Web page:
It is often lamented today that the rites of initiation into adulthood have been lost. We no longer have those rituals which mark the passage from childhood or adolescence into maturity. Until recently, one of the principal rites of passage for young people today may have been overseas travel. With few resources they headed off to distant places where for six months, twelve months or more, they move from country to country, culture to culture, working and touring. Often enough they return home then with a new sense of identity and ready for a commitment to work, or study, or relationship that they could not muster beforehand. It has become a time of passage.
All of us, however, experience periods of life which are about transition. And this period of transition is like a journey for us. We are called to let go of previous ways of doing things or understanding things. We know we must now face the future without the supports of the past: we go forward without purse, haversack, or sandals. These are times of doubt, of insecurity. Surely, we are in such a moment in our history now. Even the fragile confidence that the worst of the pandemic was behind us has evaporated with the onset of a new lockdown. We have set out again on a new sea of uncertainty; our plans are in confusion; we are not quite sure what is going to happen.
The journey of transition into which we are led can also come in times of sickness, or through the death of someone close to us. These journeys come to us through redundancy or through failure of one kind of another. These are all times of passage for us. And yet, as periods of transition they can be times of transformation if we engage them with deeply listening heart, a welcoming heart, a hospitable heart. They can become times when we recognise what is truly important to us, and what we only thought to be so. They purify us and reshape us. As Doris Lessing accounts for one of her characters in The Golden Notebook:
“Anna knew she had to cross the desert. Over it, on the far side, were mountains – purple and orange and grey. The colours of the dream were extraordinarily beautiful and vivid … The dream marked a change in Anna, in her knowledge of herself. In the desert she was alone, and there was no water, and she was a long way from the springs. She woke knowing that if she was to cross the desert she must shed burdens.”
The Australian essayist, Robert Dessaix once remarked, in our life we can be either tourists or travellers.1 A tourist is someone who has everything packaged, and everything follows a pre-determined plan. And because everything has been decided prior to the trip, there is no room for the unexpected, for surprise. A traveller, on the other hand, is open to the unexpected, and finds in the unscheduled the greatest significance. As we writes,
“. . . it means letting go your sense of panic that whatever it is you’ve embarked on must follow a prescribed course adding up to something. It means taking whatever happens to you – a passing cat, the Mona Lisa, knocking over the teapot – and letting it tell you a story. It means letting time crumple, being in a dozen places at once and doing what you love doing most . . .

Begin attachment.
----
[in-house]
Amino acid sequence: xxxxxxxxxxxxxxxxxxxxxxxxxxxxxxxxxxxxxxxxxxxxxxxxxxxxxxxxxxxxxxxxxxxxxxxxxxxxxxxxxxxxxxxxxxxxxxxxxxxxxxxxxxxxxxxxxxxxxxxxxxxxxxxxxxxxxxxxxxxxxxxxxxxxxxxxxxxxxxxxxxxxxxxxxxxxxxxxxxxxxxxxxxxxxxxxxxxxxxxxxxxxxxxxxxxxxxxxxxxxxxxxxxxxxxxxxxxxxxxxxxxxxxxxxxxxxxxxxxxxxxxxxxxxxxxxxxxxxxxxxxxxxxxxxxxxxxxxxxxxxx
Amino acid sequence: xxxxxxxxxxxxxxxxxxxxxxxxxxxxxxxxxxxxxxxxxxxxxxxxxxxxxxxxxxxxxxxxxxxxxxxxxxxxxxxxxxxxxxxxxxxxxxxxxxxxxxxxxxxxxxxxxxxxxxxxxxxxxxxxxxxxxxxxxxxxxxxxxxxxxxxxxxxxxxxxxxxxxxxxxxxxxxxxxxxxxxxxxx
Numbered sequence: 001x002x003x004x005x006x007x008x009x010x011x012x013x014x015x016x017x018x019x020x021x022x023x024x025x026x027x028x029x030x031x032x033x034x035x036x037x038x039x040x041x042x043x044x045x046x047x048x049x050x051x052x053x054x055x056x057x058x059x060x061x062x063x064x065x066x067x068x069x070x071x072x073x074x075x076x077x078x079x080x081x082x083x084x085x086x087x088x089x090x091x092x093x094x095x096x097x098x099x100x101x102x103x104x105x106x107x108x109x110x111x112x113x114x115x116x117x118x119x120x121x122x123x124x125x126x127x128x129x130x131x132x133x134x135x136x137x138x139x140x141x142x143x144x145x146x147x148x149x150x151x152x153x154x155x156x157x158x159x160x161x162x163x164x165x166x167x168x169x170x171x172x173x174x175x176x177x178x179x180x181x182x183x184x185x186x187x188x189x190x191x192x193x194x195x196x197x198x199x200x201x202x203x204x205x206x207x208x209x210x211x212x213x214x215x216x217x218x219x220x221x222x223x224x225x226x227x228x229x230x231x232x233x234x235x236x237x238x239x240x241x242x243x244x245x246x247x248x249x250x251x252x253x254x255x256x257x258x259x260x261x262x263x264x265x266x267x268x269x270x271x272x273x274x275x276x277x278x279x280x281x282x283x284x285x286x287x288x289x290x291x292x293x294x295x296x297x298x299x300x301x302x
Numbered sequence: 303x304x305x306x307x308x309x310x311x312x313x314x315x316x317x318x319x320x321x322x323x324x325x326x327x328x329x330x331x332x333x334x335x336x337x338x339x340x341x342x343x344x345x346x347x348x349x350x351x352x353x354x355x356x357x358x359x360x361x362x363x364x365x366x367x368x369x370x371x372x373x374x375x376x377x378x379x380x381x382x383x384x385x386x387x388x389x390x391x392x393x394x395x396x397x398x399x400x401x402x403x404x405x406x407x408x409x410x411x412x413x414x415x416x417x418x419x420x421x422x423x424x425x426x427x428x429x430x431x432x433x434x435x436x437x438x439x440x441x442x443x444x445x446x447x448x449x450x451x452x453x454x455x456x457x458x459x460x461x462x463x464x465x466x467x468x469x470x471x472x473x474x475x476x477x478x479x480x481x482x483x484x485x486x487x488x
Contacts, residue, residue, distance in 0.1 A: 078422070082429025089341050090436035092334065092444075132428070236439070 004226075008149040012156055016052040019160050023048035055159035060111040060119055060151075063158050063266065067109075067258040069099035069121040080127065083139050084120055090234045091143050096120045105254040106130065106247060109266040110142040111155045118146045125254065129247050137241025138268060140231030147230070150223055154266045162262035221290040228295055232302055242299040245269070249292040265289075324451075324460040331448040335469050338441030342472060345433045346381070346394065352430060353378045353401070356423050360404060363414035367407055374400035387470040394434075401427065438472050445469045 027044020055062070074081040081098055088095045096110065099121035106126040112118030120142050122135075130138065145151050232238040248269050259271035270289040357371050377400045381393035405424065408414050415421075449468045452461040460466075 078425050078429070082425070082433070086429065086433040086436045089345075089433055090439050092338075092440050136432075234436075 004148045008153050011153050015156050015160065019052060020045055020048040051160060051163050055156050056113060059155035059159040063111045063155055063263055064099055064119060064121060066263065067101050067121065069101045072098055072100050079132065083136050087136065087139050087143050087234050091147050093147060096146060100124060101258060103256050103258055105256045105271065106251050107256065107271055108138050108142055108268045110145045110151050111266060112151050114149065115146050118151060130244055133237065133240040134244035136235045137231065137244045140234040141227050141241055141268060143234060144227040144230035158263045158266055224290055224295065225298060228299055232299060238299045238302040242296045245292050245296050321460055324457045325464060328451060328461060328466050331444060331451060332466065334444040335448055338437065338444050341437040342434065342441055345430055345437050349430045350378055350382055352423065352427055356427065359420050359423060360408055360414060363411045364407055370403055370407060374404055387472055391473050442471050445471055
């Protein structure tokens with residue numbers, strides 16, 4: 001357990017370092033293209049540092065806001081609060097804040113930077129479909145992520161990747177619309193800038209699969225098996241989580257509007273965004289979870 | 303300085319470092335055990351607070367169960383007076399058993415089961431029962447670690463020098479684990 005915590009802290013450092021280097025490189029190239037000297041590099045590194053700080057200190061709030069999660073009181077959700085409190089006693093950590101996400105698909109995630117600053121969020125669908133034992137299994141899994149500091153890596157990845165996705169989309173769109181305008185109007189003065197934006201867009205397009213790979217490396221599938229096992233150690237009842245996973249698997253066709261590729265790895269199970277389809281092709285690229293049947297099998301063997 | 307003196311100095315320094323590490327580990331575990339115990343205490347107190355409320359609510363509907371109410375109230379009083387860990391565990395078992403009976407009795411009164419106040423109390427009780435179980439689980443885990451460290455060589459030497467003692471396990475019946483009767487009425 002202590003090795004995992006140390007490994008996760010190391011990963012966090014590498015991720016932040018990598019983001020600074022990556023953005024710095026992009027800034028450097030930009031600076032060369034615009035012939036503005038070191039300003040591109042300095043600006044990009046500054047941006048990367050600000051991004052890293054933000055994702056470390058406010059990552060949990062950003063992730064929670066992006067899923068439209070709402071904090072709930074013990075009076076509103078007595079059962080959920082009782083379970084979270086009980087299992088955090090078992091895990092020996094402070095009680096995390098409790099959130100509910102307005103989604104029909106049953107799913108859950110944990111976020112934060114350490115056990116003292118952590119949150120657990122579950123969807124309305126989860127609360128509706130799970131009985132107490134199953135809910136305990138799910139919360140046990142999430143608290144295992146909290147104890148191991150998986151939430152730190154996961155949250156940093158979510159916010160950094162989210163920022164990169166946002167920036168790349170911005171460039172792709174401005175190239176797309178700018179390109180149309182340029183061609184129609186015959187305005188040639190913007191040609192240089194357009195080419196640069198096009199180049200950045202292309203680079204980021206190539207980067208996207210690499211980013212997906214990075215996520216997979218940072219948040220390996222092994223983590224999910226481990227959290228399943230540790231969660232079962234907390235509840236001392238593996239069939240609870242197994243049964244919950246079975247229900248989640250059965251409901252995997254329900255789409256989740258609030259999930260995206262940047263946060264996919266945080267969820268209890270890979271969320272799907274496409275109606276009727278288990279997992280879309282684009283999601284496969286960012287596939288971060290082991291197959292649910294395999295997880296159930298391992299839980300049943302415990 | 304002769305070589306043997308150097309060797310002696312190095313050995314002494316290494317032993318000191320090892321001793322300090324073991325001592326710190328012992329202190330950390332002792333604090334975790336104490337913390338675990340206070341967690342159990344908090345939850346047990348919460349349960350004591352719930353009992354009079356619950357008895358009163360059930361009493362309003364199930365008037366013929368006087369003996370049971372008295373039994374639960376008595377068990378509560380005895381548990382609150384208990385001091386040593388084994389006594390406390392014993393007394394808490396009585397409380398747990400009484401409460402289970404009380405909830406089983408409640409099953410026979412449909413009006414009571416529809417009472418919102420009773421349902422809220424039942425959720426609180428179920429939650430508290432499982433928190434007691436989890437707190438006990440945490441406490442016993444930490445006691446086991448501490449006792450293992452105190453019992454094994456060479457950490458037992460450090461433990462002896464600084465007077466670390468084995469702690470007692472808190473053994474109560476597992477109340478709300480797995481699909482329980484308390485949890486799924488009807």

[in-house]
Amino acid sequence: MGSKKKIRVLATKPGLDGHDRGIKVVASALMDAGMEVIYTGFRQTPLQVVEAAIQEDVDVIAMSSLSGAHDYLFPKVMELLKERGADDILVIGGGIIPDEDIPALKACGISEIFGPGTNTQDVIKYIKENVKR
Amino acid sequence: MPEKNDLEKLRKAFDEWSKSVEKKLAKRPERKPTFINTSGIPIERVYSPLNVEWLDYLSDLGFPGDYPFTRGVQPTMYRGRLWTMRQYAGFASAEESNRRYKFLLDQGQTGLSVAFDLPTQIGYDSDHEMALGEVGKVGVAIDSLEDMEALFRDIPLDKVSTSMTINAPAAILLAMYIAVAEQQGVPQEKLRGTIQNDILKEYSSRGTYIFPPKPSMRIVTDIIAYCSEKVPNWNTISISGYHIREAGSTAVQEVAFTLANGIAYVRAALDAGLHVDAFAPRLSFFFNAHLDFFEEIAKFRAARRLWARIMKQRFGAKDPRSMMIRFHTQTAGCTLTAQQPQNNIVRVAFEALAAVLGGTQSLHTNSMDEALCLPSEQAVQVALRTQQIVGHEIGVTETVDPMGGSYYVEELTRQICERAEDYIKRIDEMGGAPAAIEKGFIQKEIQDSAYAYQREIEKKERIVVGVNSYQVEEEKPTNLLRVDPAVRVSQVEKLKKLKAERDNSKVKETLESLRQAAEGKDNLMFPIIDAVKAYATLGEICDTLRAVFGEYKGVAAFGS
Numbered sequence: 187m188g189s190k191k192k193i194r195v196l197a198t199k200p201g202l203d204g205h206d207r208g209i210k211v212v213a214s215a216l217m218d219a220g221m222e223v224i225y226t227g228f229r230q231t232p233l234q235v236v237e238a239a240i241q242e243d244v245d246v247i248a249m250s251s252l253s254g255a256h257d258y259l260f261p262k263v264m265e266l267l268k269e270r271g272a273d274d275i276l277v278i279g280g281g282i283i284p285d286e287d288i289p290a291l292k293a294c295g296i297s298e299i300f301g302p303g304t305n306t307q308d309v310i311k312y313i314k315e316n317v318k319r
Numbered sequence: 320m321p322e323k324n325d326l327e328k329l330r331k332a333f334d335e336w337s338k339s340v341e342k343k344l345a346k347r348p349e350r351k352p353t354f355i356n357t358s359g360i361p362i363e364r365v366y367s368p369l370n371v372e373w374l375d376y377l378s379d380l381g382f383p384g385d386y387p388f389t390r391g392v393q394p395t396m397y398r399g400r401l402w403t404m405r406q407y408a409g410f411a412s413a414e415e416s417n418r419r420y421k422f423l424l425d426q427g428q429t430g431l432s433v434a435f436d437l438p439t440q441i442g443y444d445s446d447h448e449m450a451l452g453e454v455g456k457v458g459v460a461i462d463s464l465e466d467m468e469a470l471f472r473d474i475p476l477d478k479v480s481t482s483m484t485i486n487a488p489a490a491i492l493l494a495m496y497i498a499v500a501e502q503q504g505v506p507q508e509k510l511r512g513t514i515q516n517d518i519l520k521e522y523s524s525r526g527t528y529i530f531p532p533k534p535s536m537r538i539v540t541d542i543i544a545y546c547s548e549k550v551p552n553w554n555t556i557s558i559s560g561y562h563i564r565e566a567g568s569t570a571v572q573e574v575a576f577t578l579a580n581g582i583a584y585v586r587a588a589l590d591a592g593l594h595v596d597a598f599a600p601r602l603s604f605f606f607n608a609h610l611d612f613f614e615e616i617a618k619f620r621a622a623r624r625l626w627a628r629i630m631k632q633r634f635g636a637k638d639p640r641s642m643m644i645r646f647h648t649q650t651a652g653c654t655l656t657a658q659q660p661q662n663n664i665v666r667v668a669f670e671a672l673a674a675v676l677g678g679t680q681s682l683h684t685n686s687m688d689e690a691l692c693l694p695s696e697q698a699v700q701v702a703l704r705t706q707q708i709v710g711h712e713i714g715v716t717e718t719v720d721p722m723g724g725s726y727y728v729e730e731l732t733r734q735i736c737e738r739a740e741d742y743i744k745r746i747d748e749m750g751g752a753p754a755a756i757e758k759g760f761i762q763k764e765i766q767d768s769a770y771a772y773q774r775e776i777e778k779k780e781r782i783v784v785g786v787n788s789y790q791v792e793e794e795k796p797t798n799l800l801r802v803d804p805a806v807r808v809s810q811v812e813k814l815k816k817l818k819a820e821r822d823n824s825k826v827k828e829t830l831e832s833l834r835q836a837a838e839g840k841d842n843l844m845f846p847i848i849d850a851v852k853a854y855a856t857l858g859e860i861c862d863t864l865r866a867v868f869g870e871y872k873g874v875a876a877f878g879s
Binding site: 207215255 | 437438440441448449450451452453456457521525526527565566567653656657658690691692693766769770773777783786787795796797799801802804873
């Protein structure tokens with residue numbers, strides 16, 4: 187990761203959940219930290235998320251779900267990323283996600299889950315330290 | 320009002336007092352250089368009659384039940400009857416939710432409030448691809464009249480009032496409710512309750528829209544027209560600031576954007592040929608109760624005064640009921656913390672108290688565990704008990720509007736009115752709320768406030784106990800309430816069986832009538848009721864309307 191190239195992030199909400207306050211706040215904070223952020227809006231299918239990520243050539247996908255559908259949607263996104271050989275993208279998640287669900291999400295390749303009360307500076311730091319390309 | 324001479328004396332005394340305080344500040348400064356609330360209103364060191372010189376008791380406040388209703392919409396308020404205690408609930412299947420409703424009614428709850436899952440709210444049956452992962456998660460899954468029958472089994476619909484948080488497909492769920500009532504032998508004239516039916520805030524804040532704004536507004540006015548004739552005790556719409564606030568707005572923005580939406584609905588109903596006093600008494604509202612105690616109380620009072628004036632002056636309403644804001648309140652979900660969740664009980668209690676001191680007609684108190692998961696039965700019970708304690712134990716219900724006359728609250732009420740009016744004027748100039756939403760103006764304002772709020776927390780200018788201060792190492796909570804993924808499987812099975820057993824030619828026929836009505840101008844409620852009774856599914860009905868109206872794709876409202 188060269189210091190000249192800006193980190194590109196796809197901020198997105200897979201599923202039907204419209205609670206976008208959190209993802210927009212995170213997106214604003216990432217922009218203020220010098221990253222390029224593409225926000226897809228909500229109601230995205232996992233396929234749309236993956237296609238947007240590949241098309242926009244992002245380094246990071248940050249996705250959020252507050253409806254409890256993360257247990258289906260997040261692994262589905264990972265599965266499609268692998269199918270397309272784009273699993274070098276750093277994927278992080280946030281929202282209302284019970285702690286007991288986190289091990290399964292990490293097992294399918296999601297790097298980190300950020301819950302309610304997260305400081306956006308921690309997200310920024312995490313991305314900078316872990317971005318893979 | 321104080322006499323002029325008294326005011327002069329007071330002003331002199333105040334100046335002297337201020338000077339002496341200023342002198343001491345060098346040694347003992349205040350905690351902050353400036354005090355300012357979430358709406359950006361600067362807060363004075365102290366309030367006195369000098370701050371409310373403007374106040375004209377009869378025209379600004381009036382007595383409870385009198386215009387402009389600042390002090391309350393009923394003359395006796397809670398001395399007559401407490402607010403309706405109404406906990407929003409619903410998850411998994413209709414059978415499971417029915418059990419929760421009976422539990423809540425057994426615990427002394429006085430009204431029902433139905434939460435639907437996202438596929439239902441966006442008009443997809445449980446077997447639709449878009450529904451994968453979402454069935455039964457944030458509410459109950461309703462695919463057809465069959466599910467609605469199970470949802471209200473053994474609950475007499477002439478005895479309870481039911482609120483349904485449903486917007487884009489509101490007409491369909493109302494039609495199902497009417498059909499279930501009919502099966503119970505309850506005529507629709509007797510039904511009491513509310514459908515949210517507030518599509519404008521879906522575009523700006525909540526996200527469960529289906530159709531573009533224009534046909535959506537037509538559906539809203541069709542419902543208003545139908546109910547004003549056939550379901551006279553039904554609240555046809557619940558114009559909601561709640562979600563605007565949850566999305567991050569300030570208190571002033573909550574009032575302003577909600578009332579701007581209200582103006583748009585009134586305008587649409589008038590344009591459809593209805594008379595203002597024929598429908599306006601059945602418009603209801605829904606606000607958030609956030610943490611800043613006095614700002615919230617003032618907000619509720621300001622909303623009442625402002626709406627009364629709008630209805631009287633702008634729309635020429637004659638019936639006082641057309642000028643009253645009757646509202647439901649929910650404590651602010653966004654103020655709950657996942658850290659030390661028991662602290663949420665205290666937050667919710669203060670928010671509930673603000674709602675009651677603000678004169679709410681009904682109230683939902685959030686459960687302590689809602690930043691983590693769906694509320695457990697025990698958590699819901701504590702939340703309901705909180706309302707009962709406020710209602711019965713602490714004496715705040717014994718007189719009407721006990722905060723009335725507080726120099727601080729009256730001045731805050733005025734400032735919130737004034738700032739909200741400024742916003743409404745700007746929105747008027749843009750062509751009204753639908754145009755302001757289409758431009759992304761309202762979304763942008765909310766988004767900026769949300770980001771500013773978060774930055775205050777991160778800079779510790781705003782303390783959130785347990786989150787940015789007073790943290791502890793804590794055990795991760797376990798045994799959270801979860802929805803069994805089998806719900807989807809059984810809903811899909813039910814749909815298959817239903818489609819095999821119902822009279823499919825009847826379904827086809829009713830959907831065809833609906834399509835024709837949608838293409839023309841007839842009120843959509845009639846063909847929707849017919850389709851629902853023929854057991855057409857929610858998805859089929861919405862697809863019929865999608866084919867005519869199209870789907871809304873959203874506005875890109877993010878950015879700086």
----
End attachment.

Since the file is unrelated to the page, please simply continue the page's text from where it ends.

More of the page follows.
Whether you travel or whether you tour is, I suspect, all a matter of your attitude to time. . . Everything depends on your answer to the question, What does it mean not to waste time?
The tourist cannot waste time for everything has to occur as planned; the traveller can surrender plans and allow the unexpected to take them in a surprising direction. The tourist knows the destination and its time before setting out; the traveller might know the destination but is not committed to the route by which to arrive there.”
But the Gospel today goes further. Not only takes it call us to be travellers rather than tourists; it calls us to a readiness to discover in the unexpected a chance to say something of the good news of our discipleship of Christ. We are to do this, as we go along, “not with grand words or complicated concepts but with the ‘joy of the Gospel’ as Pope Francis has reminded us.
“And how beautiful it would be if all could admire how much we care for one another, how we encourage and help each other. Giving of ourselves establishes an interpersonal relationship; we do not give ‘things’ but our very selves. Any act of giving means that we give ourselves. ‘Giving of oneself” means letting all the power of that love which is God’s Holy Spirit take root in our lives, opening our hearts to his creative power. And giving of oneself even in the most difficult moments as on that Holy Thursday of the Lord when he perceived how they weaved a plot to betray him; but he gave himself, he gave himself for us . . . When we give of ourselves, we discover our true identity as . . . givers of life; we discover that we are brothers and sisters of Jesus, to whom we bear witness. This is what it means to evangelise; this is the new revolution – for our faith is always revolutionary . . .”
But perhaps only the traveller, rather than the tourist, can truly understand this. Through these difficult weeks that lie ahead, let us be travellers, and let us be revolutionaries.
 Cited in Robyn Davidson, Tracks (London: Picador, 1980) i.
 See Robert Dessaix, “(and so forth)”, (Sydney: Macmillan Publishers, 1998), 140, 148.
 See Pope Francis, Homily for Mass in Bicentennial Park, Quito, Ecuador 9 July 2015.
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